Selling to pharma: a view from the service sector

Jon Heeks

ehr executive search ltd

It is likely that many managers in the pharmaceutical industry have thought about the possibility of a pursuing a career with a service provider, a career that takes them out of the traditional management structures of the industry. Essentially, this move means they sell their skills and specialist expertise back to the industry that reared them.

Two key thoughts occur for those considering such a move: “what lies on the other side?” and “will I be suited?” and this article will try to provide a few pointers on both.

Some eight years ago in an article similar to this I asked the rhetorical question “where do all pharma’s career minded middle managers go?” My answer then was to point to the expanding service sector where, for instance, the CSO providers had expanded almost exponentially on the back of “share of voice” and a few blockbuster products to volumes of business that put them on a par with many UK blue chip pharmaceutical companies. Since then the UK service environment has further adjusted in line with the major changes to the customer base. Today, one can observe the rise of (increasingly) sophisticated providers of consultancy, informatics and intelligence solutions, health economics, SFE, partnership experts, thought leadership, CRM and knowledge management providers as pharma becomes more virtual and increasingly specialised skill sets are located outside the companies.

My own career followed the then traditional path through the UK sales functions of a blue chip company, took a relatively unusual turn through the Far East setting up branch offices in major cities as the Asian dragons expanded and, in traditional career terms, stalled on the then declining markets of Africa and one of the first major pharmaceutical mergers. However, I took away great learnings from a traditional pharma company with interesting products, a reputation for training and development as well as a great deal of fun and professional relationships which remain strong over a decade later.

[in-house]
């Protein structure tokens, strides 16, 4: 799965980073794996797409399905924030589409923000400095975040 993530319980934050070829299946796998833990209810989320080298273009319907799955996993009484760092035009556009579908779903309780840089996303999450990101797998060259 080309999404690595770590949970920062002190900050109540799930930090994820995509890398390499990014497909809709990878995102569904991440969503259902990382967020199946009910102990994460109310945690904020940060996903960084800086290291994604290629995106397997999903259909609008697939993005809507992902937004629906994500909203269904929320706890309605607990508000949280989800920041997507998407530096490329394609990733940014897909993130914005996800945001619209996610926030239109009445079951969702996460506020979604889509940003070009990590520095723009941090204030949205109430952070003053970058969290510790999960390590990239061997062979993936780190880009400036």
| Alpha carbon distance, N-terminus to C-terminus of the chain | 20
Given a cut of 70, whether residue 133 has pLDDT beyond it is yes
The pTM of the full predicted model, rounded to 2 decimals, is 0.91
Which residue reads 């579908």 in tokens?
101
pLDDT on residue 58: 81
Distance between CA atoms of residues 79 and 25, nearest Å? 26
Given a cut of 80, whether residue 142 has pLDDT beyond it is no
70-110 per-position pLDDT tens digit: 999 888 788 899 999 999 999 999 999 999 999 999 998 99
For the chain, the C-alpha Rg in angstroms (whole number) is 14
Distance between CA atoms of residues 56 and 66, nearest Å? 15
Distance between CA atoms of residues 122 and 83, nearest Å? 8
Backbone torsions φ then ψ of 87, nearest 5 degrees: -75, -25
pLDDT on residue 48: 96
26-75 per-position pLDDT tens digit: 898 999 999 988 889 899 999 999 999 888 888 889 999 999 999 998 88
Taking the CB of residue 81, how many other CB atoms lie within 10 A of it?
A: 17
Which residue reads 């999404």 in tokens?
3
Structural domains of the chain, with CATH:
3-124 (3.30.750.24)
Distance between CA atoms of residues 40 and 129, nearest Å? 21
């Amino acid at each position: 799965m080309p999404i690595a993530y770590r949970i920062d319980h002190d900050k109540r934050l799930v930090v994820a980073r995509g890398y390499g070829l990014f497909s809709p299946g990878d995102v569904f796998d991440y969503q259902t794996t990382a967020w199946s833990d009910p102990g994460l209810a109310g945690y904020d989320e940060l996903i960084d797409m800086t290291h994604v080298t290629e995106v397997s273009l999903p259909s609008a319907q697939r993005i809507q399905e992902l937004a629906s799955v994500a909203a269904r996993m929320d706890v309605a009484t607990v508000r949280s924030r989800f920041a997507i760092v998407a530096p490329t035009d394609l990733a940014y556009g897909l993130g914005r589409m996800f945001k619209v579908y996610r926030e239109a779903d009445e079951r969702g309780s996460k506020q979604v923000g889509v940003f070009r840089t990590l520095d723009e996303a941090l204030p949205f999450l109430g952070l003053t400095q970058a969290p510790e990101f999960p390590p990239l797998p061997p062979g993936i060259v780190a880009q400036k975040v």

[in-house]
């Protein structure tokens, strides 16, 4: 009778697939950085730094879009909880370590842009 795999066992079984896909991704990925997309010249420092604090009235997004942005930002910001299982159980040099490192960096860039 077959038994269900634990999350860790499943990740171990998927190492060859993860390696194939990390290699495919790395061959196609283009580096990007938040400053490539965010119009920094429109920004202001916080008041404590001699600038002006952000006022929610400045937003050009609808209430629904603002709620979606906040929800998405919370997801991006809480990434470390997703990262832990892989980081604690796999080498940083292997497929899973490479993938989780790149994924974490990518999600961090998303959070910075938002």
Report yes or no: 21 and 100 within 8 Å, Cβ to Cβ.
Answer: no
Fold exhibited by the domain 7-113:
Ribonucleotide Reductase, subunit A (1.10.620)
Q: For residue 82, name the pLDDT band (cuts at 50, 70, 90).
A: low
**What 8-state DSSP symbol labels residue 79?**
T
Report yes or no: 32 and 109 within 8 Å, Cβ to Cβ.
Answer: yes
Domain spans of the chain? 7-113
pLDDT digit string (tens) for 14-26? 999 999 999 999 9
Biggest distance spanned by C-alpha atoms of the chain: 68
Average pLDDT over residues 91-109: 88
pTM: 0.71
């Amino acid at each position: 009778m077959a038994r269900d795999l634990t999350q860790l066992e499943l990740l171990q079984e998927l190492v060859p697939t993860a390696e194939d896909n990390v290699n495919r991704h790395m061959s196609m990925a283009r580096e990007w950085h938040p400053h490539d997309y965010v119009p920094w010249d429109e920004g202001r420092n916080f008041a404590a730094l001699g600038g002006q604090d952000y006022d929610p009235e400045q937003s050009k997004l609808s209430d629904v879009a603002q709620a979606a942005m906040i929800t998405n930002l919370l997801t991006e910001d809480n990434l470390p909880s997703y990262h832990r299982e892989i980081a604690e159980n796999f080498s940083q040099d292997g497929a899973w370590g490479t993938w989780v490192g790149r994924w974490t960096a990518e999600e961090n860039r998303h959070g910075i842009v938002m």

“It is likely that many managers in the pharmaceutical industry have thought about the possibility of a pursuing a career with a service provider…”

 

Since then I’ve launched more major products , gained broader sales and marketing experience, dealt with bigger brands, closed deals on bigger numbers and learned more than seemed possible as part of that blue chip environment. The roles were varied and sometimes indistinct, some of the responsibilities seemed enormous and many of the tasks frustrating in the extreme. However, what is interesting is that these opportunities were realised in the service sector, working for a major CSO in a gloriously dynamic, challenging and expanding market place, an executive search organisation and subsequently one of the fledgling digital environments.

Which brings me back to the question about those middle and senior managers. As I look around the service sector which I joined in the early 90s I see many individuals making the same move: sometimes company restructuring forces the move, sometimes the desire to work outside the confines of corporate organisations and sometimes the step is driven by an entrepreneurial instinct to grow a business and reap the financial rewards of an innovative idea. Whatever the motivation, it looks clear that some prosper in the service sector, whilst others find the change virtually impossible. Important issues for anyone facing the same move!

Superficially, the environment looks the same, sharing similar healthcare, product and commercial languages. Clearly, many individuals in service providers serve their apprenticeship first in the mainstream industry and there is much in common. However, the first and most significant difference is that in the service sector the customer truly is king. Nothing happens here until somebody sells something and nothing continues to happen unless delivery is timely, precise, seamless and to the customer’s ultimate satisfaction. My sense is that although such customer service is often generated by multi-disciplinary teams the feeling of individual responsibility is often acute and somewhat unfamiliar to some former pharmaceutical employees.